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Electrons passing over nanophotonic materials could create synchrotron-like light

Babangida Umar

Nov. 07, 2019

Vacuum fluctuations just a few nanometres from the surface of a material can cause a passing beam of relativistic electrons to emit X-rays and other high-frequency electromagnetic radiation — according to calculations done by scientists in the US, Israel and Singapore. If confirmed experimentally, the effect could be used to create compact and tunable sources of X-rays and even gamma rays.
Compact sources of high-quality electromagnetic radiation at X-ray and higher frequencies are difficult to make because electrons in materials cannot react quickly enough to electromagnetic field oscillations at these high frequencies. Instead, production of such radiation relies on strong external fields that accelerate beams of high-energy electrons in devices such as synchrotrons and free-electron lasers. While this approach has been extremely successful, it requires huge and expensive magnets or lasers, and can only be done at a handful of dedicated sites.
Now, Nicholas Rivera and colleagues at the Massachusetts Institute of Technology, Technion and Nanyang Technological University in Singapore, have proposed a new way of generating high-frequency light that does not require strong external fields. It involves a two-photon process whereby a relativistic free electron passing a few nanometers from the surface of a material spontaneously emits a high-energy photon and a polariton. The latter is a quasiparticle that forms as a result of interaction and mixing of light with dipoles in a medium. The cause of this spontaneous emission are vacuum fluctuations, a well-known phenomenon that arises because the vacuum is not empty space, but has a non-zero energy density of the electromagnetic field.
Famous effects
“The most famous effects arising from vacuum fluctuations are the Casimir and van der Waals forces between neutral objects, the latter of which explains the ability of geckos to walk on ceilings”, adds Rivera. These so-called vacuum forces are especially strong in the nanoscale vicinity of nanophotonic structures.
Rivera and colleagues did calculations of this effect in optical materials such as graphene; thin films of gold and silver; and silicon carbide. In these materials polaritons are emitted at infrared or visible frequencies. Using doped graphene increases the strength of the van der Waals force that extracts more emission from the electron. The calculated photon emission is more broadband than in synchrotrons, spanning from soft ultraviolet to hard X-ray frequencies, explains Ido Kaminer . Furthermore, the team calculated that the total emitted power is comparable to the power that equal-energy electrons would emit as synchrotron light induced by a 1 T magnetic field, a mind-blowing theoretical prediction.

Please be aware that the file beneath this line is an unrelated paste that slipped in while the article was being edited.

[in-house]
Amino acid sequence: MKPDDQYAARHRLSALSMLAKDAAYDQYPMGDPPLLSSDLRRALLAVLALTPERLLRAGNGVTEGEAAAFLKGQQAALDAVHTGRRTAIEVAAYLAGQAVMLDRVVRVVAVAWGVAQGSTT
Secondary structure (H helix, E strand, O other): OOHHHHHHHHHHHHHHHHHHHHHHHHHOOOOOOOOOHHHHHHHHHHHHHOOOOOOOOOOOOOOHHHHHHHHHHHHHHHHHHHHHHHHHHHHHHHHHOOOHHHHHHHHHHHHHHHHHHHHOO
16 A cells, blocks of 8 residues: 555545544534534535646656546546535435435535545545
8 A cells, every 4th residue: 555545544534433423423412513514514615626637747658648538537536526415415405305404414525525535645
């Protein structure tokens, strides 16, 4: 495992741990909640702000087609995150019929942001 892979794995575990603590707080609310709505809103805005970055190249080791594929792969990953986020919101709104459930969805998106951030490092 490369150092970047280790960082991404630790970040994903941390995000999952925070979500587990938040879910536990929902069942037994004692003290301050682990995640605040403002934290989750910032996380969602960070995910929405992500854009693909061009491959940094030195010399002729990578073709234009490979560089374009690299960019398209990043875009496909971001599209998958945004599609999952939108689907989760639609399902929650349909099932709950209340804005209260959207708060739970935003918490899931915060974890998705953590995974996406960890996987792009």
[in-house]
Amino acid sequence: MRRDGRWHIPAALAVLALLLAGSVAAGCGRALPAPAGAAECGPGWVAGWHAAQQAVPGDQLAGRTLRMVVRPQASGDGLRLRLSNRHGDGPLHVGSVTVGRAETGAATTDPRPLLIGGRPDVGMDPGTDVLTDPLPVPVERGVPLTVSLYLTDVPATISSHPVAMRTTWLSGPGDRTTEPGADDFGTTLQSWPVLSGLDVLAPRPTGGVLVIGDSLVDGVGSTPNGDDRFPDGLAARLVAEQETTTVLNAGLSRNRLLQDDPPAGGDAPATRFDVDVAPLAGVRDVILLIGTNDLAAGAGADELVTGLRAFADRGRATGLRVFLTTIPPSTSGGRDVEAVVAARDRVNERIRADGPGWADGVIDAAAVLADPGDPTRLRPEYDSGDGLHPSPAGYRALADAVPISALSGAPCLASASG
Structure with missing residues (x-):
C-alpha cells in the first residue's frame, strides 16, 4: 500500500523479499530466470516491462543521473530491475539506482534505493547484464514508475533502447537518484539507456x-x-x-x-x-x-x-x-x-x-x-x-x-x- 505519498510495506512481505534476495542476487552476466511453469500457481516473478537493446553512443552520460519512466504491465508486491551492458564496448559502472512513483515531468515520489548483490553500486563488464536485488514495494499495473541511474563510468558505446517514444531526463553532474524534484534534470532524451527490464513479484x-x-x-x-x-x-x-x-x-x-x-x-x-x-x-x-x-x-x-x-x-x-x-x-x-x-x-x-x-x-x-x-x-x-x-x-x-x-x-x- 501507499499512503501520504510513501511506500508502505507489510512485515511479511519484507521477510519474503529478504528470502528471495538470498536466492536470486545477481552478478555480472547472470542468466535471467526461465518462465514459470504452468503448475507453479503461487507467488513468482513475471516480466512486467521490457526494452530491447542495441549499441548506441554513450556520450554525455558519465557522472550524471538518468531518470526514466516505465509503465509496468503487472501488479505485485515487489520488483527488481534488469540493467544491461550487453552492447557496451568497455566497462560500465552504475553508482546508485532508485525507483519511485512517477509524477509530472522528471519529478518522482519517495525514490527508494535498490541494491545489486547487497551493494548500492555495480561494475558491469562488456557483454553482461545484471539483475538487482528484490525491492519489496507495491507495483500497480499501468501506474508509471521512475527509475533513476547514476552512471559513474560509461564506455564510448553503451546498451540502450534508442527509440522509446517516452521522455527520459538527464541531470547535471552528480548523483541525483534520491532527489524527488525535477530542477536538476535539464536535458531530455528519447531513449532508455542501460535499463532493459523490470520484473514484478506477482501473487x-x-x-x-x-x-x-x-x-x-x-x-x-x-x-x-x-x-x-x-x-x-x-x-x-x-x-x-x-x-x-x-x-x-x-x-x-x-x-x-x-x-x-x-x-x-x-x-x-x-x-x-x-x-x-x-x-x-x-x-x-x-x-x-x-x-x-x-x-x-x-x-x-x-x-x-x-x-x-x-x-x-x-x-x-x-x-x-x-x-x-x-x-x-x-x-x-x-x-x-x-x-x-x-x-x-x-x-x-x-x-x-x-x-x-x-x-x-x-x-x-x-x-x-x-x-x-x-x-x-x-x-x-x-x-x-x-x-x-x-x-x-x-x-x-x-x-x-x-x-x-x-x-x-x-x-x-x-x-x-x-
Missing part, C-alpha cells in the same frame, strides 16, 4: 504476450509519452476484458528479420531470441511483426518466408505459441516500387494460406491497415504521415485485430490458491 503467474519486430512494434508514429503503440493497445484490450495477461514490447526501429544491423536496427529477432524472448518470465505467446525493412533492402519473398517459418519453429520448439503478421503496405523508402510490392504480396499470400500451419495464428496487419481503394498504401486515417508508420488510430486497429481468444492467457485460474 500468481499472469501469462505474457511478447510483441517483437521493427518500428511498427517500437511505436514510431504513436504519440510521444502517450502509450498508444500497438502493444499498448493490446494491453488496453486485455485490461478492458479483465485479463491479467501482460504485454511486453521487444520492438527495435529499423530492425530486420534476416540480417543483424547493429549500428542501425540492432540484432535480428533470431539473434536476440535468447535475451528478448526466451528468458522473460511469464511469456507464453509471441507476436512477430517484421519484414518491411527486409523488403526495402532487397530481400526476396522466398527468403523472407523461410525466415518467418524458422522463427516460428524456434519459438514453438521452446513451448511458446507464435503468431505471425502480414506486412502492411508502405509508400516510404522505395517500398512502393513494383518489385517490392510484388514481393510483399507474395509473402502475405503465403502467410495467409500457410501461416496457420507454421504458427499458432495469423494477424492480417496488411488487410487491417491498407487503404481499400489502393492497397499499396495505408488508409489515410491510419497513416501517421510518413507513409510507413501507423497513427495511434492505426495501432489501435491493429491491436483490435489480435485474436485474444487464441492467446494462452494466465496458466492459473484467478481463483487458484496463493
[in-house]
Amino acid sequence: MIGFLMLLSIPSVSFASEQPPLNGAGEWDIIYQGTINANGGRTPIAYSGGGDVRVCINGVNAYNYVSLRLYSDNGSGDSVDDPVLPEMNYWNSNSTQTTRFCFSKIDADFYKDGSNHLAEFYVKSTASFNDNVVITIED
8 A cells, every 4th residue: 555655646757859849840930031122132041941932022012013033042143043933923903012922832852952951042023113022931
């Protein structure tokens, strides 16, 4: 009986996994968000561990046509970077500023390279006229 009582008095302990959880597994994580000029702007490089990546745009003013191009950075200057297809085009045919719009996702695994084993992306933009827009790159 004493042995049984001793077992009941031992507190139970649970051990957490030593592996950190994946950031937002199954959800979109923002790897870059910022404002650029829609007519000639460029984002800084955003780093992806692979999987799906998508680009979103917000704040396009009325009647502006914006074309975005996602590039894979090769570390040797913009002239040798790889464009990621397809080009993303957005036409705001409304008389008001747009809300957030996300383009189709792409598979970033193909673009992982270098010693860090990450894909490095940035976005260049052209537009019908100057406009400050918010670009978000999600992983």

The concept could be used to develop compact and tunable sources of high-frequency light, based on vacuum fluctuations near and inside nanophotonic materials. But what material will provide the desirable radiation characteristics?
Higher coherence and shorter pulses
Kaminer says: “We expect certain periodic patterns, as is now often done in metasurfaces , to result in higher coherence and shorter pulses”. Gigaelectronvolt electron beams could be delivered by a conventional linear accelerator, or perhaps in the future by a more compact laser wakefield accelerator. The framework could be extended to include more complex electron-beam configurations such as moving dipoles or bunched electrons – the latter is used in free-electron lasers.
Compact synchrotron is unveiled
Ultimately, by using the tools of nanophotonics, controlling high-frequency light emission may lead to creation of synthetic active nonlinearities at X-ray and even gamma-ray frequencies. Such nonlinearities could be used, for example, to create entangled pairs of X-ray photons via parametric down conversion .
Full details of the research are reported in Nature Physics , where the team also makes several suggestions for how the effect could be studied in the lab.
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